Nearly every morning, untouched clay, unfinished goblets and cups line Lillian Babcock’s studio. The ceramics major and art history and English literature minor works meticulously on her pottery late into the nights.
“I’m a very meticulous person,” Babcock said. “I like to make things that are useful and functional … [like a] teapot that doesn’t drip when you pour it, a cup that’s comfortable to drink out of.”
Her process is methodical. She starts with a sketch, then decides how much clay to use. After wedging the clay, she weighs it and begins forming shapes on the wheel.
Most of Babcock’s work is pottery, which is the process of making vessels such as tableware on a pottery wheel.
Babcock came to Long Beach State to take a ceramics class and was instantly hooked. Despite having been into ceramics since she was a child, she never imagined this medium would be something she would be working on for the rest of her life.
Today, Babcock is one of only a few students in the School of Art creating pottery.
Babcock showcased a collection of personalized tableware such as bowls and teacups, during her BFA exhibition on Sept. 1. The project was inspired by her passion to create ceramics that people can use to “enrich how they live.”
“Eating out of handmade ceramics speaks to this age-old tradition of nourishment and daily rituals of eating with our family,” she said. “This brings us back to family. It brings us back to sitting around the table [and] making food together, and I love that sense of community in my own family.”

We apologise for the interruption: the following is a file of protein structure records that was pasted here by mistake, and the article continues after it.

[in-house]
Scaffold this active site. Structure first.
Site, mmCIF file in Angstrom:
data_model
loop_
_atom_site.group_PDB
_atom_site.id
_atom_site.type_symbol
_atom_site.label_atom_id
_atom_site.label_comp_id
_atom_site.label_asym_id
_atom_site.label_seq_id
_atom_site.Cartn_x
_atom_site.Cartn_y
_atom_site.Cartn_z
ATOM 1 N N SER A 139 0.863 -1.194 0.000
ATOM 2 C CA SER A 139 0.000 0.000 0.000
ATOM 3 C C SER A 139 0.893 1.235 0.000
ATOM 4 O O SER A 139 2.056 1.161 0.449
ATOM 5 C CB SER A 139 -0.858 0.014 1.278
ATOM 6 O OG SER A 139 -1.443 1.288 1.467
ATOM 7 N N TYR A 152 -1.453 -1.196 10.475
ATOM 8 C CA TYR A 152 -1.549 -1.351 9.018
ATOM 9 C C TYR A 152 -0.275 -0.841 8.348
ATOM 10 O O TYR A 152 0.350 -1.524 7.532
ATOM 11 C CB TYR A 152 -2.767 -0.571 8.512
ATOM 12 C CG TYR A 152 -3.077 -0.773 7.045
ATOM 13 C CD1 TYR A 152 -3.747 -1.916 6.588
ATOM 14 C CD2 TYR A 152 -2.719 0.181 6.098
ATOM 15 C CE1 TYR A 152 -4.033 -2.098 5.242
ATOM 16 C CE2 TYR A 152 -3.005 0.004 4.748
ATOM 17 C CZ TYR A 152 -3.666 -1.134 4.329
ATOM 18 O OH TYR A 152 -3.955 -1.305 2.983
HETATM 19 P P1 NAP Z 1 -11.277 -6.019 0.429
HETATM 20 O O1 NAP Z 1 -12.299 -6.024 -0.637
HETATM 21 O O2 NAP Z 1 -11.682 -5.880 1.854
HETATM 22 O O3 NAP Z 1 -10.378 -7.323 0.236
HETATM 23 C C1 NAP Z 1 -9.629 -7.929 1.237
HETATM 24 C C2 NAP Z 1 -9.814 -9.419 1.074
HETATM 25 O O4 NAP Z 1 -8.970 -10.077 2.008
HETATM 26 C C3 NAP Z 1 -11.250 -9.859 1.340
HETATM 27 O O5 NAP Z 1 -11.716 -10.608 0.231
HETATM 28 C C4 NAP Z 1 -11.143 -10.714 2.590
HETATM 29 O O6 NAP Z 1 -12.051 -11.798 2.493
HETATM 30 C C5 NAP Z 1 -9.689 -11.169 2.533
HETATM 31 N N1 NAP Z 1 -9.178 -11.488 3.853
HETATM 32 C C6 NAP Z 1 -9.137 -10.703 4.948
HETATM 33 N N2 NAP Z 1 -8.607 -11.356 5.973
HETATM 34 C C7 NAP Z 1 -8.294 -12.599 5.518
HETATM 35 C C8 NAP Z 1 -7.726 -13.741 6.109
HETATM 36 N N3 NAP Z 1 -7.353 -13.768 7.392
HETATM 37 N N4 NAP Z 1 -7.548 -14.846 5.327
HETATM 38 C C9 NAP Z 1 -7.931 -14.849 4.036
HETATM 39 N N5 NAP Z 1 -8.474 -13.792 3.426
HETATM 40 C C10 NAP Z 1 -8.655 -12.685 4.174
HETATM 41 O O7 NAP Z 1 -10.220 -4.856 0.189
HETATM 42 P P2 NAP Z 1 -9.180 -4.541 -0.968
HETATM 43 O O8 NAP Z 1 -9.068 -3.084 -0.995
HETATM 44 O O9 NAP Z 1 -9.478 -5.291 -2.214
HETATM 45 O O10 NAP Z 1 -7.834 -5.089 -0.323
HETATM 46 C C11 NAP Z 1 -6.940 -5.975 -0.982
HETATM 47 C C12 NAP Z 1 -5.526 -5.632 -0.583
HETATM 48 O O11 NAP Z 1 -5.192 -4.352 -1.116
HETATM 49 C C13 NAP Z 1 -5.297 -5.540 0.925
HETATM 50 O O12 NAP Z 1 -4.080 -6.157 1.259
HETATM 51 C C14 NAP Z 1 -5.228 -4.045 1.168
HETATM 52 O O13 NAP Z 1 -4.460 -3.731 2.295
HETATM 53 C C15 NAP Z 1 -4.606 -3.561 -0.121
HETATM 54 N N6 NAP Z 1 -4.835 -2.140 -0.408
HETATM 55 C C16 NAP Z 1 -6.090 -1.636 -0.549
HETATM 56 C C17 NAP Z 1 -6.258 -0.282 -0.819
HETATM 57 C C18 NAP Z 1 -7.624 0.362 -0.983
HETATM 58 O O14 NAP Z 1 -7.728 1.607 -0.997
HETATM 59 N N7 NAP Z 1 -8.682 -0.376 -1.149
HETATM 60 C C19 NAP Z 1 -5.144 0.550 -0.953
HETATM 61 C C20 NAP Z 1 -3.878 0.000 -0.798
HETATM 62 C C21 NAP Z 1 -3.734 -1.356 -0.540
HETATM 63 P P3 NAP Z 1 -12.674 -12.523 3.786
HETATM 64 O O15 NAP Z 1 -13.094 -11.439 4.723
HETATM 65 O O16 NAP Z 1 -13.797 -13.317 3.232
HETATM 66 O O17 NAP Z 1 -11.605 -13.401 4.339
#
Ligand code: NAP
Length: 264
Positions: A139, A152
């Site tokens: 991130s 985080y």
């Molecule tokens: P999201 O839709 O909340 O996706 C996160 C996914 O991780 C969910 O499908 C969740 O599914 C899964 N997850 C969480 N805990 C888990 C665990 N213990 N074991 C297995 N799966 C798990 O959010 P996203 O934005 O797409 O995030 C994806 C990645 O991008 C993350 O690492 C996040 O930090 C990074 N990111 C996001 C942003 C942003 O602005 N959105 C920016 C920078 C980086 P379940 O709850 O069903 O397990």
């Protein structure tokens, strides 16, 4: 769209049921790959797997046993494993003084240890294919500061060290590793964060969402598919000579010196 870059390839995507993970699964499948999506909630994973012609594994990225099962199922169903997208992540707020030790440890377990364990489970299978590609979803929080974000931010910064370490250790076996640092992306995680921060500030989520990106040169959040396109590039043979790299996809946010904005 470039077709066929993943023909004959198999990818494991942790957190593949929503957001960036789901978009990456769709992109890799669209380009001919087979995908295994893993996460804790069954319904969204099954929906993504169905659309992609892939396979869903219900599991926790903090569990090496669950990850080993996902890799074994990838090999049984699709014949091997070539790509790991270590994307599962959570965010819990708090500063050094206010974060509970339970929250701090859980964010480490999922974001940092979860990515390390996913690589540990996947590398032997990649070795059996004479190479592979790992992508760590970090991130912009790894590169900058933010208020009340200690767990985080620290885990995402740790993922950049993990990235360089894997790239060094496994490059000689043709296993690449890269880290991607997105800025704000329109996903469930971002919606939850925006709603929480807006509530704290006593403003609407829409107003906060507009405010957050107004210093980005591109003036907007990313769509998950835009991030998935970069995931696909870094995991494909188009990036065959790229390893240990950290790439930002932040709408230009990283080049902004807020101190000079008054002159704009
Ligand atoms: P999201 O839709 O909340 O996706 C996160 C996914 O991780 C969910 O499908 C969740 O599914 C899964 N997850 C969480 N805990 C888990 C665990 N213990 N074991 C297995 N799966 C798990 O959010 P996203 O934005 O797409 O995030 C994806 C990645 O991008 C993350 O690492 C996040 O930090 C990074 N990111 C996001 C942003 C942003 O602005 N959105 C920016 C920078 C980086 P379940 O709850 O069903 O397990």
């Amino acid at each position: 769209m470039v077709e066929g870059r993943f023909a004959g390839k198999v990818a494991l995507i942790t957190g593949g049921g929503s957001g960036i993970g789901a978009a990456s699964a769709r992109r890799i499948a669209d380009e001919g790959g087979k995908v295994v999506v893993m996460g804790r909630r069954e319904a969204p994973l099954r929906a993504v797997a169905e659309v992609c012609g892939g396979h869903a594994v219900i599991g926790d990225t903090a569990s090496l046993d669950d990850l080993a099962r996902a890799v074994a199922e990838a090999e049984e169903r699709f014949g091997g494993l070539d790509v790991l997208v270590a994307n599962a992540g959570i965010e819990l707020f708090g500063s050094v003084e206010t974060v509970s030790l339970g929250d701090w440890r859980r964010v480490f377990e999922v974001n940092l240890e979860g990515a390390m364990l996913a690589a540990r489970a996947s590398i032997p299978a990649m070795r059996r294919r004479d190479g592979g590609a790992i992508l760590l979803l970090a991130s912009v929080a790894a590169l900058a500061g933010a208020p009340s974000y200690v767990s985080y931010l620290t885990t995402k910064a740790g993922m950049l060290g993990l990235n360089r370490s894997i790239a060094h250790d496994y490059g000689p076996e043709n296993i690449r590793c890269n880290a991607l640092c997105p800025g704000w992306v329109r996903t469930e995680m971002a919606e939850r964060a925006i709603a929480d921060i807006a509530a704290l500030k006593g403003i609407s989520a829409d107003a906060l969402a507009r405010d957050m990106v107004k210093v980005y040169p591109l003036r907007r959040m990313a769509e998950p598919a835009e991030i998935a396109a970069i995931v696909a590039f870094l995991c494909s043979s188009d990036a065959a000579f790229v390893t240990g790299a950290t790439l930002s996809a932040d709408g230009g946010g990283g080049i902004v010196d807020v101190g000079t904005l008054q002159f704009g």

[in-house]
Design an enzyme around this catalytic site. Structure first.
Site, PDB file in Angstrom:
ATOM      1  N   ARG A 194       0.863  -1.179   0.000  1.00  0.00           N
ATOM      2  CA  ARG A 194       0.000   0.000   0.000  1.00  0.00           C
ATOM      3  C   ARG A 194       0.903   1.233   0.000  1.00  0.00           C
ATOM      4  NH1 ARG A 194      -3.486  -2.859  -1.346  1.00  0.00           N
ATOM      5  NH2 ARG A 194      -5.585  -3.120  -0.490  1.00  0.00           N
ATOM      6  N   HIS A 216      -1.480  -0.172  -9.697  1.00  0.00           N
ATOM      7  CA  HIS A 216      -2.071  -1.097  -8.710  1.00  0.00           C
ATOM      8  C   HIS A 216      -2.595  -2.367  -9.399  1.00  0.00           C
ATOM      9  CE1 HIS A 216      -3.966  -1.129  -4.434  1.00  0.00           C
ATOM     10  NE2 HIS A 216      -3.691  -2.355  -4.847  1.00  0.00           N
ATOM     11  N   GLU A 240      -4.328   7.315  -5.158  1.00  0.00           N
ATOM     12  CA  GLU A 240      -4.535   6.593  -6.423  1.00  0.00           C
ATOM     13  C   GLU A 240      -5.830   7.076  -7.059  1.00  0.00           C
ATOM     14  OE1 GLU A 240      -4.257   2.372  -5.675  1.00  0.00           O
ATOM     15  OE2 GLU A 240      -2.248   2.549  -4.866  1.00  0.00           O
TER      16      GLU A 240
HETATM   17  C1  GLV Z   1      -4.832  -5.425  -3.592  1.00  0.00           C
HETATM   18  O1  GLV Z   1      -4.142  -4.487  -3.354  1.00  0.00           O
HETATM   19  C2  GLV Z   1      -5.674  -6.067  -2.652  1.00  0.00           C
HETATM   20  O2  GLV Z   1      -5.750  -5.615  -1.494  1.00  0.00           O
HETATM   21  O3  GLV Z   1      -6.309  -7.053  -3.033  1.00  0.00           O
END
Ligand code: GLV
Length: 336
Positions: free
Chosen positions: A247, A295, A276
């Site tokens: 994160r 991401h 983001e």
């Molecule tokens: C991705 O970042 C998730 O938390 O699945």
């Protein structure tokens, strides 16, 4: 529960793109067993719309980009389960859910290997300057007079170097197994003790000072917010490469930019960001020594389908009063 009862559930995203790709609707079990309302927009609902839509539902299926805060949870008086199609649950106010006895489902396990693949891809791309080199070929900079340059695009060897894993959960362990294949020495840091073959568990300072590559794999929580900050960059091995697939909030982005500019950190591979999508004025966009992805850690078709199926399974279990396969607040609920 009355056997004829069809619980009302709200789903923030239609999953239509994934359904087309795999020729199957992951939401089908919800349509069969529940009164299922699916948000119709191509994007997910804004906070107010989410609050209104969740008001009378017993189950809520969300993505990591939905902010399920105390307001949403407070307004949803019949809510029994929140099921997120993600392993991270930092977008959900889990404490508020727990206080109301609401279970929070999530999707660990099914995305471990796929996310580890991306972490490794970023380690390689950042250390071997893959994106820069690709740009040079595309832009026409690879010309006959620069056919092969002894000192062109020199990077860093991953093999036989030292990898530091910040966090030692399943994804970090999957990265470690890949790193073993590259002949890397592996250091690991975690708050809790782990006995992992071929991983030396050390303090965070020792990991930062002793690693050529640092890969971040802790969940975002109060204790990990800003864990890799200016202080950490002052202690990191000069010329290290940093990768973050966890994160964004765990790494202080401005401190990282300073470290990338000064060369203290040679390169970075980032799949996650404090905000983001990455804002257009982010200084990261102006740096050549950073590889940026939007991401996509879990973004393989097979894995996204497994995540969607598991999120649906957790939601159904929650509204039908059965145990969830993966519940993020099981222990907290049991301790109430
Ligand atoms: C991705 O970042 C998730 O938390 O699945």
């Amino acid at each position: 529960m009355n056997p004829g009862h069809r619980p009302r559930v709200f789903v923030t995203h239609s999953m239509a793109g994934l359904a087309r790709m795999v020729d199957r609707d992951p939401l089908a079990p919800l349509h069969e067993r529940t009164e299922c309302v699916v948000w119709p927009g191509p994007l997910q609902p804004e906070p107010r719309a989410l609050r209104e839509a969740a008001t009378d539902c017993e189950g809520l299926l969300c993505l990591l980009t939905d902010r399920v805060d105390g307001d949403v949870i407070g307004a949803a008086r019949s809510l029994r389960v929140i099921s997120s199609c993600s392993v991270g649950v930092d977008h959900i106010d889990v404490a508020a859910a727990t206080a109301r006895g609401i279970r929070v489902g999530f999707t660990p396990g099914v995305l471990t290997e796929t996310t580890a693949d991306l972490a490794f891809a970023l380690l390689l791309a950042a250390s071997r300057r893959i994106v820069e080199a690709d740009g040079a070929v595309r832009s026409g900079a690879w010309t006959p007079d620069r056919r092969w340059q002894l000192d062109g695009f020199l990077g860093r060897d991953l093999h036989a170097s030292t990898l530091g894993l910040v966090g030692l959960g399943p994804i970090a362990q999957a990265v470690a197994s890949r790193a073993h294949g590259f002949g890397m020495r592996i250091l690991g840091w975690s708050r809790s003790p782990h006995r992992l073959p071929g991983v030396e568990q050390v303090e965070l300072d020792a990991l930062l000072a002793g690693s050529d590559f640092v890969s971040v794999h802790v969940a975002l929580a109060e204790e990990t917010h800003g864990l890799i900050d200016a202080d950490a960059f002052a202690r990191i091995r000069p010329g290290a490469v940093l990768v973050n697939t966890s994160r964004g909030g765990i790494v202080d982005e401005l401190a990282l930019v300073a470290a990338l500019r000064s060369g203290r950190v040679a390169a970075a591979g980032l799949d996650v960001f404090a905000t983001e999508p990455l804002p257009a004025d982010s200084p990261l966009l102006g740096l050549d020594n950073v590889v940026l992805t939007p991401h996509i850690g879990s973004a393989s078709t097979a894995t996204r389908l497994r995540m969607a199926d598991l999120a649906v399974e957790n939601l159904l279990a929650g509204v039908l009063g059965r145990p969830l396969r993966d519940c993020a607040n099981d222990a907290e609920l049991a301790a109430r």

Having known Babcock for five years as a student and student assistant, ceramics faculty member Tony Marsh has been able to watch her grow into a serious and dedicated artist.
“Lillian is a serious focused student who traversed her undergraduate education with a clarity of purpose,” Marsh said.
Post BFA ceramics student, Jorge Jiminez describes her as someone who always works hard to produce quality ceramics.
“It’s … hard to look at her stuff and not want to take it home,” Jiminez said.
Javier Martinez, a BFA ceramics major, enjoys working side by side with her in their shared studio space.
“Being around her is actually pretty scary, but just watching her work and how much of a perfectionist she is with her work just rubs off on you and get more motivation,” Martinez said.
Babcock currently runs Beeware Ceramics, her line of handmade tableware that she markets. She also showcases her work at exhibitions. Last May, she presented four detailed cups decorated with 22 karat gold at Red Lodge Clay Center, a ceramics workspace in Red Lodge, Montana.
Babcock said that one of her favorite aspects of being a ceramics major is building relationships with students and professors. She encourages everyone to give ceramics a chance.
“Forget your social life and take advantage of the kiln for a little bit,” Babcock said.